NEW ORLEANS, LA (WVUE) - Gov. Bobby Jindal announced Monday that he's giving Planned Parenthood a 30-day notice before pulling state-funded Medicaid reimbursements from the women's health organization.
The move comes weeks after a controversial video surfaced, allegedly showing a Planned Parenthood worker discussing prices of fetuses over lunch and wine.
"In my heart, I knew it was not the right thing going on, but when I saw the videos I was completely in shock," said Roger Villere, chairman of the Republican Party of Louisiana.
Villere applauded Jindal's decision to pull the funding mechanism from the embattled health care program.
"I think he made a great decision. I support him 100 percent on it, and I think the Republican Party statewide supports him 100 percent," Villere said.
Planned Parenthood, for its part, argues the move will take away health care services for more than 2.7 million people in the state, including cancer screenings, well-woman visits and STD testing.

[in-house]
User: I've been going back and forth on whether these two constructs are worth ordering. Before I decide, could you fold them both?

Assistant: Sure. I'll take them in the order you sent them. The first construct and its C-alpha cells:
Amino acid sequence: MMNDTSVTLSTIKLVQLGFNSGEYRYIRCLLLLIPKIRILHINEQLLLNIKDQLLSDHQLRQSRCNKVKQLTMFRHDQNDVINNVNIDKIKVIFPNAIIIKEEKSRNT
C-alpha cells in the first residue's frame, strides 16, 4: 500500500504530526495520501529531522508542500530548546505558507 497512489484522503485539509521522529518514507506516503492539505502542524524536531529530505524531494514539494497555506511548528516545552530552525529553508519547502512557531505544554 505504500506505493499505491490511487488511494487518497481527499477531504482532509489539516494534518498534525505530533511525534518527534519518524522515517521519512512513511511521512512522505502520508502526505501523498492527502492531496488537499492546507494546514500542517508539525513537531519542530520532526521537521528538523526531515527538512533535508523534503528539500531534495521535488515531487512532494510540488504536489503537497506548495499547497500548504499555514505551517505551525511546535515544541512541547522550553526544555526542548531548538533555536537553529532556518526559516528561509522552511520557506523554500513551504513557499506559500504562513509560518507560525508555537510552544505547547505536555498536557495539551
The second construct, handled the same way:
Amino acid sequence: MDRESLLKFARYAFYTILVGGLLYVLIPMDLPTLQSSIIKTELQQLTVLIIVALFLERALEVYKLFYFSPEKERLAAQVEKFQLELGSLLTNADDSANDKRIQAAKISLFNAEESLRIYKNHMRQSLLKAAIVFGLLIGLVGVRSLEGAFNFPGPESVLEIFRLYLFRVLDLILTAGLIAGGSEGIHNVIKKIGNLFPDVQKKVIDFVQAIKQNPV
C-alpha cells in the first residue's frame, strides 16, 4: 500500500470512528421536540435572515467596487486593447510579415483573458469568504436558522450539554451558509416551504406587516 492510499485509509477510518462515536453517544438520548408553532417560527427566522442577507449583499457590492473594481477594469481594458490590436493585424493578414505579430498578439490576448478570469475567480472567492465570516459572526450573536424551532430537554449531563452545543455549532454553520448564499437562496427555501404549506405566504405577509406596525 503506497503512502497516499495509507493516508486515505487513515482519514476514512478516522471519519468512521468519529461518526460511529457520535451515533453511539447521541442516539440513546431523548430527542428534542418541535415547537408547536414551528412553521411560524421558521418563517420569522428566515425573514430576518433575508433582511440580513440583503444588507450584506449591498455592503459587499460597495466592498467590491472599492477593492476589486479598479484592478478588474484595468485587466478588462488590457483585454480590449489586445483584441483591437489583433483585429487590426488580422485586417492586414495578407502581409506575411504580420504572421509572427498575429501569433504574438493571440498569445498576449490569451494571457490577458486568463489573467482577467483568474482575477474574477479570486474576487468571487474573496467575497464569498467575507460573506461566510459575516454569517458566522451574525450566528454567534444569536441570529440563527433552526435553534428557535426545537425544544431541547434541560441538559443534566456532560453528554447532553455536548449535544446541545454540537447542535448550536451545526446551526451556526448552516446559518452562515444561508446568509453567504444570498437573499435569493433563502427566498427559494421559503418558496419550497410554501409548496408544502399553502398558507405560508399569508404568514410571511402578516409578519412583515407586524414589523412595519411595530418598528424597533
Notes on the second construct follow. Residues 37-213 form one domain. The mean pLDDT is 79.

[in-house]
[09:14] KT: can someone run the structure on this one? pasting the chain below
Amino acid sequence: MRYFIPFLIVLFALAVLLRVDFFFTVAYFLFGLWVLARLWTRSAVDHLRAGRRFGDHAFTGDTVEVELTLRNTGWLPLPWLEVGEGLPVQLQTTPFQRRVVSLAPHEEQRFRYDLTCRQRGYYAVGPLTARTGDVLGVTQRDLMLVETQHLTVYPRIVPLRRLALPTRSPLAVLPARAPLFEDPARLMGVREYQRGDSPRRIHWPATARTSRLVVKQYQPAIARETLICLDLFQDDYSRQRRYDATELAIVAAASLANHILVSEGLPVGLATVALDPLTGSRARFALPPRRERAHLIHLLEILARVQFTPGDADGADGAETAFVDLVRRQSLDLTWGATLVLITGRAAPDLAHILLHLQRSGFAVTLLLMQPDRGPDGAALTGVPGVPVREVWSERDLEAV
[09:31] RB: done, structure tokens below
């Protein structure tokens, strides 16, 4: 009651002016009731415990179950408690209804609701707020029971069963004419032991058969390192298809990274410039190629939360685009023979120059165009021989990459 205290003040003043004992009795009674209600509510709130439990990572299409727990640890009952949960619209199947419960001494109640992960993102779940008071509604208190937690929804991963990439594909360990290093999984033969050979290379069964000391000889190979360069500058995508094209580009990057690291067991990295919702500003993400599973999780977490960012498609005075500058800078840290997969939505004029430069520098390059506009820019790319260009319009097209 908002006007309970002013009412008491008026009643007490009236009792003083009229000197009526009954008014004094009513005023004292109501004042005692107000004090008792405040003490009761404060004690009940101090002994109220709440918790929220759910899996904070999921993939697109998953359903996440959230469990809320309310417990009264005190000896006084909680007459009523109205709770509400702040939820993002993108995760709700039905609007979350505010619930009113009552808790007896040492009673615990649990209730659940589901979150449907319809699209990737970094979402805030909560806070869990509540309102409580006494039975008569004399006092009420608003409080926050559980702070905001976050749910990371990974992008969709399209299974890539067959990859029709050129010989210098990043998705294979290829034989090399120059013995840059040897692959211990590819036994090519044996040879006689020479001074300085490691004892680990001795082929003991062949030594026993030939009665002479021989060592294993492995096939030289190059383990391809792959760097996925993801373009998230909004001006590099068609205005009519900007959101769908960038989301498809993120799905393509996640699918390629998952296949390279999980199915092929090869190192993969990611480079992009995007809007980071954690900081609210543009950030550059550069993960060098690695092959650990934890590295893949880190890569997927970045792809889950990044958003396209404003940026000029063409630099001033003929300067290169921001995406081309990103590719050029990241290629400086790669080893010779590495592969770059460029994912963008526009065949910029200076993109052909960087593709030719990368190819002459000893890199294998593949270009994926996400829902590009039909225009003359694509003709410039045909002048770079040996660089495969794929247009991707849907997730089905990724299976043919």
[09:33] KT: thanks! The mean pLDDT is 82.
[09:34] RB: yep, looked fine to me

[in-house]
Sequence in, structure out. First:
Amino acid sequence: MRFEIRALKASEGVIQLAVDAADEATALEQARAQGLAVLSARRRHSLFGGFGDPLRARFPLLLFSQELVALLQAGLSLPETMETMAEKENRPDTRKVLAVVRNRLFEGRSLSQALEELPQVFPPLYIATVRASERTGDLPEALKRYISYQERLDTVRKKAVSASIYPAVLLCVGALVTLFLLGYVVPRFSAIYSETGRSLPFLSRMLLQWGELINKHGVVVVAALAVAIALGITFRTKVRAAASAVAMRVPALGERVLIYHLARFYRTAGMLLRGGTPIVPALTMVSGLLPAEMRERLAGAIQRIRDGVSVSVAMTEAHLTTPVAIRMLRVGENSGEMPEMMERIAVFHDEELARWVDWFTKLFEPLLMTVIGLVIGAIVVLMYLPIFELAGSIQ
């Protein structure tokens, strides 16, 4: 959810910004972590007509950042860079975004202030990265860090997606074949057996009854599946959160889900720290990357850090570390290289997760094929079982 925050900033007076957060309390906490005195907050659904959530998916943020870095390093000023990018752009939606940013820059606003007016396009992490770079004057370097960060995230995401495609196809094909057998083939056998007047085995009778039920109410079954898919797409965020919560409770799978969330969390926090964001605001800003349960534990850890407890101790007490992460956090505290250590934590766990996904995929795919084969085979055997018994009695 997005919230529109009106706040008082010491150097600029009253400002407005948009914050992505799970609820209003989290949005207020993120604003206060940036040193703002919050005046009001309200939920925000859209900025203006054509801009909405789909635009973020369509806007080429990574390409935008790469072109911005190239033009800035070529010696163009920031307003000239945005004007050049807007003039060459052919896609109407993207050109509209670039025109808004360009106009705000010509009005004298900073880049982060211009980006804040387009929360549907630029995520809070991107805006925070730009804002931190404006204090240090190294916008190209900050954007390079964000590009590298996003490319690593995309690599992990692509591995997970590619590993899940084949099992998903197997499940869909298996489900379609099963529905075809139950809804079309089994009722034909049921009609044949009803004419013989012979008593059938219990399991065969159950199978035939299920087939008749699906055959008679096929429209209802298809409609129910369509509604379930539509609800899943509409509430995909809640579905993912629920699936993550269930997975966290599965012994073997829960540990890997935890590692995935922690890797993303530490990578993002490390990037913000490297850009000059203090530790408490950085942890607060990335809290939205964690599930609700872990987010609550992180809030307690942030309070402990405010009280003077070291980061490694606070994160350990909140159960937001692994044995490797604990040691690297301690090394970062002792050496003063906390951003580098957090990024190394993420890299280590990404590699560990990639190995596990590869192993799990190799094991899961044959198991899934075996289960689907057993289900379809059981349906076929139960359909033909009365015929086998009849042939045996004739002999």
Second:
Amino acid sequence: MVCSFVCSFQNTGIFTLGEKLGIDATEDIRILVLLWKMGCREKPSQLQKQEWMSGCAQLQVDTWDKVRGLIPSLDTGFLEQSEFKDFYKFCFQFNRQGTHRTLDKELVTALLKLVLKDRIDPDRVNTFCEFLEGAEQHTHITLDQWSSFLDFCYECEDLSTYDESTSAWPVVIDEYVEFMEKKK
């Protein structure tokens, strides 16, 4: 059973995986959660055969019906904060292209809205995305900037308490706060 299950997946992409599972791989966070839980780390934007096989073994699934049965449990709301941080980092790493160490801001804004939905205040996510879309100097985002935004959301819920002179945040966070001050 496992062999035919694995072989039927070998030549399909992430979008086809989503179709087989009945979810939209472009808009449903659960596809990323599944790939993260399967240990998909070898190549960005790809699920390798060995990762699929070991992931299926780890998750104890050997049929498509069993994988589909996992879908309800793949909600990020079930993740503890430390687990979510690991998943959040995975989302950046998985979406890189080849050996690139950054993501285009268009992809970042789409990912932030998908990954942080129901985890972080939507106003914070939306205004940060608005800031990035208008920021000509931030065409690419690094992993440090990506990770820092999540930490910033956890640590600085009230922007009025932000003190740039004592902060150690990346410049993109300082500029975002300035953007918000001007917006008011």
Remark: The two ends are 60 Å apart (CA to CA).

The Department of Health and Hospitals said the lack of funding won't diminish the availability of services for people in Louisiana.
"Access to care will still be there. There are other Medicaid providers that people will still be able to go to. They can contact Medicaid now for a list of those providers and we can link them to those services in their area," said DHH spokeswoman Ashley Lewis.
But Planned Parenthood does not perform abortions in Louisiana, one reason why some people think the move is just a political Hail Mary designed to gain clout before the first Republican national debate.
"Jindal's been very disciplined about what part of the Republican base he's going for in this Republican presidential primary. It's the social conservatives, so this move is directly in line with what we would expect Jindal to do," FOX 8 Political Analyst Mike Sherman said.
DHH said Planned Parenthood will still receive funding during the next 30 days, and patients should be able to transfer records to new providers.
Jindal is currently polling 13th among Republican hopefuls, according to an average of national polls.